• National Culture & Negotiations

    Why did the Dutch engineer not get the position?

    Different expectations USA: Written and verbal communication assertive and achievement

    oriented (overselling) The Netherlands: Written and verbal communication modest and

    consensus driven (underselling)

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    USA High Mas Index (USA): Represents a preference in society for achievement, heroism, assertiveness, and material rewards for success. Society at large is more competitive. Low Mas Index (The Netherlands): Represents a preference for cooperation, modesty, caring for the weak, and quality of life. Society at large is more consensus-oriented.

    Case study and cultural dimensions adapted from: http://geert-hofstede.com/national-culture.htmland Cultures and Organizations: Software of the Mind, Third Edition.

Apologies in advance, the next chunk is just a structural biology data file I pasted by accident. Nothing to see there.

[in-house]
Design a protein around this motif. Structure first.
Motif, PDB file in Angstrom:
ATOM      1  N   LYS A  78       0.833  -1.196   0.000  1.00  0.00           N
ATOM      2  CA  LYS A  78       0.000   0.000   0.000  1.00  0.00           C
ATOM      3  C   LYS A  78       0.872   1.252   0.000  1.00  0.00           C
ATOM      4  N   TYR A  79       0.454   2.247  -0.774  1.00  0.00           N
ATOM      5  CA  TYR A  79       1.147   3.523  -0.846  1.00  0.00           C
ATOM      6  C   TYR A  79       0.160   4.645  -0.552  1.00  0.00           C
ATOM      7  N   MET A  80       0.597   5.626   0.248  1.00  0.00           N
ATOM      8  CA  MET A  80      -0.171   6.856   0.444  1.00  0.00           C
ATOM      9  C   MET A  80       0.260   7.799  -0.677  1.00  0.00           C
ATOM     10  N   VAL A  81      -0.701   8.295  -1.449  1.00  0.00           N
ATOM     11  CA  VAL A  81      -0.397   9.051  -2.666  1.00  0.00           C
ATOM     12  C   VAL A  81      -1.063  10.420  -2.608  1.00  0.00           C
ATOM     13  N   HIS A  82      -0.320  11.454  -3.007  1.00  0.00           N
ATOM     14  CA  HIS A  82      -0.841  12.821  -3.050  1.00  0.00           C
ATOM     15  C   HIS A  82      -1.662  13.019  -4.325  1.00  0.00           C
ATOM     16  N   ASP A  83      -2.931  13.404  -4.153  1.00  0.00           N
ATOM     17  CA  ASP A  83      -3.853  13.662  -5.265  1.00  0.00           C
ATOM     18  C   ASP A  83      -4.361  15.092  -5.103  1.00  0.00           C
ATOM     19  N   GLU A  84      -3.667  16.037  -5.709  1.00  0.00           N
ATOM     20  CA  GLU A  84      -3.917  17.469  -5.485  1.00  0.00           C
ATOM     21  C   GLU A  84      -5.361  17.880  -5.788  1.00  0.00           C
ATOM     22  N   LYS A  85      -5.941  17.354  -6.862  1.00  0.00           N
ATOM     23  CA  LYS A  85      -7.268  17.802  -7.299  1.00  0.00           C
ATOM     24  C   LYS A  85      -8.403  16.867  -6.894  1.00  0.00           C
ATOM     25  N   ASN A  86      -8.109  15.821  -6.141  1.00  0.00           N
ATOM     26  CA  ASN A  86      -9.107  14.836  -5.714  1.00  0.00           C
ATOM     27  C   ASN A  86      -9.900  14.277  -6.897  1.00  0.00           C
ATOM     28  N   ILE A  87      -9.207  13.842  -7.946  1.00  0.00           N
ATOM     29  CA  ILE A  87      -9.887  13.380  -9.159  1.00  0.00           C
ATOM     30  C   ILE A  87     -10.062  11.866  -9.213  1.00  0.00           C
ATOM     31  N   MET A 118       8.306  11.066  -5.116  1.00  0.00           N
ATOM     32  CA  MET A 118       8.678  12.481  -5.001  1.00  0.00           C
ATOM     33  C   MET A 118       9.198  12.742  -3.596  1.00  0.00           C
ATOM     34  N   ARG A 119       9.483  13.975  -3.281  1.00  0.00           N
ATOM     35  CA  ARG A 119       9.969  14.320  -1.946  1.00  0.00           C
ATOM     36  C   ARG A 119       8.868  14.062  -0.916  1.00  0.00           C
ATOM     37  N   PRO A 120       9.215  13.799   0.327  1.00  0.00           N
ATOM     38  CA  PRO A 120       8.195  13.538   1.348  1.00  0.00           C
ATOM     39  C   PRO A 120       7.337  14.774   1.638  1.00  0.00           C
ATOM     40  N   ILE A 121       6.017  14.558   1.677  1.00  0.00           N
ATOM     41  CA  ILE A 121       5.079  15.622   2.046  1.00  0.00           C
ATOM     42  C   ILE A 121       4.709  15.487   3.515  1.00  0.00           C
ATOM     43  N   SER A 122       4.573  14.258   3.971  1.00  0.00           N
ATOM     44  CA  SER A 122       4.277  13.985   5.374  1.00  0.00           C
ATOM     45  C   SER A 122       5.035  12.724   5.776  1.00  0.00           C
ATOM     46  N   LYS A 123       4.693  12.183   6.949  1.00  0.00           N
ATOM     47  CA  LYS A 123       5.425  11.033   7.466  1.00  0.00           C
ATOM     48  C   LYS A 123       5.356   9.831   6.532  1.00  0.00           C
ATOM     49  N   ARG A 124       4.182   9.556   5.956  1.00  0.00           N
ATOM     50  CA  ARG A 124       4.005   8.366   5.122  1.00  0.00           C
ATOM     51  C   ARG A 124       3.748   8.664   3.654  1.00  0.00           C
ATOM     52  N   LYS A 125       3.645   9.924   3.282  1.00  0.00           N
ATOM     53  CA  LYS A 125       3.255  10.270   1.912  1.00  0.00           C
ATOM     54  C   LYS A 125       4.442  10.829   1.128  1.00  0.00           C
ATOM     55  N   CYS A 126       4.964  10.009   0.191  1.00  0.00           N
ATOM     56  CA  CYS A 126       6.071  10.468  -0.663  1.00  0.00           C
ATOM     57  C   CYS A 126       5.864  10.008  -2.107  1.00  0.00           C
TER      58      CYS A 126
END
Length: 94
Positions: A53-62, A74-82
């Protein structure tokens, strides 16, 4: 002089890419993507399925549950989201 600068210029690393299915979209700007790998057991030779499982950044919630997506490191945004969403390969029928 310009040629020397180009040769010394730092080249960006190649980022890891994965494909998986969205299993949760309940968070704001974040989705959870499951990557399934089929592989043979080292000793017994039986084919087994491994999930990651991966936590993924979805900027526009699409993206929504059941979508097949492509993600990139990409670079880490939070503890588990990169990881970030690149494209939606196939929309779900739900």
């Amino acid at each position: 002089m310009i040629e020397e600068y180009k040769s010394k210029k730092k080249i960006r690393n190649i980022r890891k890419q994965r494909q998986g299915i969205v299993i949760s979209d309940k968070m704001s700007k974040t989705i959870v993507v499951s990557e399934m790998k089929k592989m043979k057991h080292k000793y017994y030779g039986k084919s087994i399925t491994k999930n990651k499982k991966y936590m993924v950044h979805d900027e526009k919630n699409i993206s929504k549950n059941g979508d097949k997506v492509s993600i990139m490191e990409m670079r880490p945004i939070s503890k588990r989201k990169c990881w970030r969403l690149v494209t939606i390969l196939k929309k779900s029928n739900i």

• Cultural dimensions are interrelated

    Example: Determining scientific strategy for a project Danish manager with US team Danish manager with Chinese

    team

    National Culture & Negotiations

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    Power Distance Index (PDI): The degree to which the less powerful members of a society accept (High PDI) or does not accept (Low PDI) and expect that power is distributed unequally

    Individualism Index (IDV): The degree to which the society is oriented toward selves/immediate families (High IDV) or loyalty toward larger groups (Low IDV)

    Uncertainty Avoidance Index (UAI): The degree to which the members of a society feel uncomfortable (High UAI) or comfortable (Low UAI) with uncertainty and ambiguity

    Cultural dimensions adapted from: http://geert-hofstede.com/national-culture.htmlLink to: More intercultural negotiations resources

    This brief introduction covers a small subset of the cultural differences that may be encountered in a negotiationTake home message: Consider/research intercultural differences amongst parties in a negotiation